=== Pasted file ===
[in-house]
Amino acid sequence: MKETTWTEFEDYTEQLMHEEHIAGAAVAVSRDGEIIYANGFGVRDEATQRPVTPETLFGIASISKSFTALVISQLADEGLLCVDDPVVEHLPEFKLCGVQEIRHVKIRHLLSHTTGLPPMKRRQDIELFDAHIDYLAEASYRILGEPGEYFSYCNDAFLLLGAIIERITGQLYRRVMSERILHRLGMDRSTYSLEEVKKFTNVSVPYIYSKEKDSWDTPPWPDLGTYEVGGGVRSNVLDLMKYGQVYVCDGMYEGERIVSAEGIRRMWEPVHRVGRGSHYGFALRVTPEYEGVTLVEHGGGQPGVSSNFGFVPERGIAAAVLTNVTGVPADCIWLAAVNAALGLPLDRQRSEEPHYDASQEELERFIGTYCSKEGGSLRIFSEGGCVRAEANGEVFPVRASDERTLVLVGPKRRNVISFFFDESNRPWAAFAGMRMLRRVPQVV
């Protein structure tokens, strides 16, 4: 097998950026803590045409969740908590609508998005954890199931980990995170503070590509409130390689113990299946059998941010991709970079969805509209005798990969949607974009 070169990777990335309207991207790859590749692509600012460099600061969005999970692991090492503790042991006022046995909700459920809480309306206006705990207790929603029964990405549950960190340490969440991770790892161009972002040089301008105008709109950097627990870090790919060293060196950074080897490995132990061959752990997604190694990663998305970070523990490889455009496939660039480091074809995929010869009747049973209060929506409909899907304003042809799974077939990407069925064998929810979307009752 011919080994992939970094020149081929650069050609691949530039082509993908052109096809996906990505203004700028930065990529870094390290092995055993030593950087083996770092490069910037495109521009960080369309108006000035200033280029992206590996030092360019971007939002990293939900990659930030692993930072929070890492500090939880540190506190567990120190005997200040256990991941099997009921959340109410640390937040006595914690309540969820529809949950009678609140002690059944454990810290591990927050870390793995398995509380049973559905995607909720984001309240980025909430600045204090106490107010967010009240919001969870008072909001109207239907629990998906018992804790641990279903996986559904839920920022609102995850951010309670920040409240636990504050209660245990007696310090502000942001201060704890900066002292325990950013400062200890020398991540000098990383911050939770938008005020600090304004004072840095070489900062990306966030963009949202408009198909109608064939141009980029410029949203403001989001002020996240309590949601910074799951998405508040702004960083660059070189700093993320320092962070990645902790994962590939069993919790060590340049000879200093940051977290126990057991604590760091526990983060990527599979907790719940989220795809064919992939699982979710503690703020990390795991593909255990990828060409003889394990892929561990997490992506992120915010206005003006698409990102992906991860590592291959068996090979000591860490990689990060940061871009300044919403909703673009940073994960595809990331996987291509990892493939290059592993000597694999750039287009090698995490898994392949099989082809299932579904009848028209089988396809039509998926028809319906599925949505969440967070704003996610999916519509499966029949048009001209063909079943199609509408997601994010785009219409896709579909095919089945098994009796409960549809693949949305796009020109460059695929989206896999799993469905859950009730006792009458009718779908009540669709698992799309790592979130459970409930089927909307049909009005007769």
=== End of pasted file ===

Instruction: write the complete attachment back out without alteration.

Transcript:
[in-house]
Amino acid sequence: MKETTWTEFEDYTEQLMHEEHIAGAAVAVSRDGEIIYANGFGVRDEATQRPVTPETLFGIASISKSFTALVISQLADEGLLCVDDPVVEHLPEFKLCGVQEIRHVKIRHLLSHTTGLPPMKRRQDIELFDAHIDYLAEASYRILGEPGEYFSYCNDAFLLLGAIIERITGQLYRRVMSERILHRLGMDRSTYSLEEVKKFTNVSVPYIYSKEKDSWDTPPWPDLGTYEVGGGVRSNVLDLMKYGQVYVCDGMYEGERIVSAEGIRRMWEPVHRVGRGSHYGFALRVTPEYEGVTLVEHGGGQPGVSSNFGFVPERGIAAAVLTNVTGVPADCIWLAAVNAALGLPLDRQRSEEPHYDASQEELERFIGTYCSKEGGSLRIFSEGGCVRAEANGEVFPVRASDERTLVLVGPKRRNVISFFFDESNRPWAAFAGMRMLRRVPQVV
């Protein structure tokens, strides 16, 4: 097998950026803590045409969740908590609508998005954890199931980990995170503070590509409130390689113990299946059998941010991709970079969805509209005798990969949607974009 070169990777990335309207991207790859590749692509600012460099600061969005999970692991090492503790042991006022046995909700459920809480309306206006705990207790929603029964990405549950960190340490969440991770790892161009972002040089301008105008709109950097627990870090790919060293060196950074080897490995132990061959752990997604190694990663998305970070523990490889455009496939660039480091074809995929010869009747049973209060929506409909899907304003042809799974077939990407069925064998929810979307009752 011919080994992939970094020149081929650069050609691949530039082509993908052109096809996906990505203004700028930065990529870094390290092995055993030593950087083996770092490069910037495109521009960080369309108006000035200033280029992206590996030092360019971007939002990293939900990659930030692993930072929070890492500090939880540190506190567990120190005997200040256990991941099997009921959340109410640390937040006595914690309540969820529809949950009678609140002690059944454990810290591990927050870390793995398995509380049973559905995607909720984001309240980025909430600045204090106490107010967010009240919001969870008072909001109207239907629990998906018992804790641990279903996986559904839920920022609102995850951010309670920040409240636990504050209660245990007696310090502000942001201060704890900066002292325990950013400062200890020398991540000098990383911050939770938008005020600090304004004072840095070489900062990306966030963009949202408009198909109608064939141009980029410029949203403001989001002020996240309590949601910074799951998405508040702004960083660059070189700093993320320092962070990645902790994962590939069993919790060590340049000879200093940051977290126990057991604590760091526990983060990527599979907790719940989220795809064919992939699982979710503690703020990390795991593909255990990828060409003889394990892929561990997490992506992120915010206005003006698409990102992906991860590592291959068996090979000591860490990689990060940061871009300044919403909703673009940073994960595809990331996987291509990892493939290059592993000597694999750039287009090698995490898994392949099989082809299932579904009848028209089988396809039509998926028809319906599925949505969440967070704003996610999916519509499966029949048009001209063909079943199609509408997601994010785009219409896709579909095919089945098994009796409960549809693949949305796009020109460059695929989206896999799993469905859950009730006792009458009718779908009540669709698992799309790592979130459970409930089927909307049909009005007769």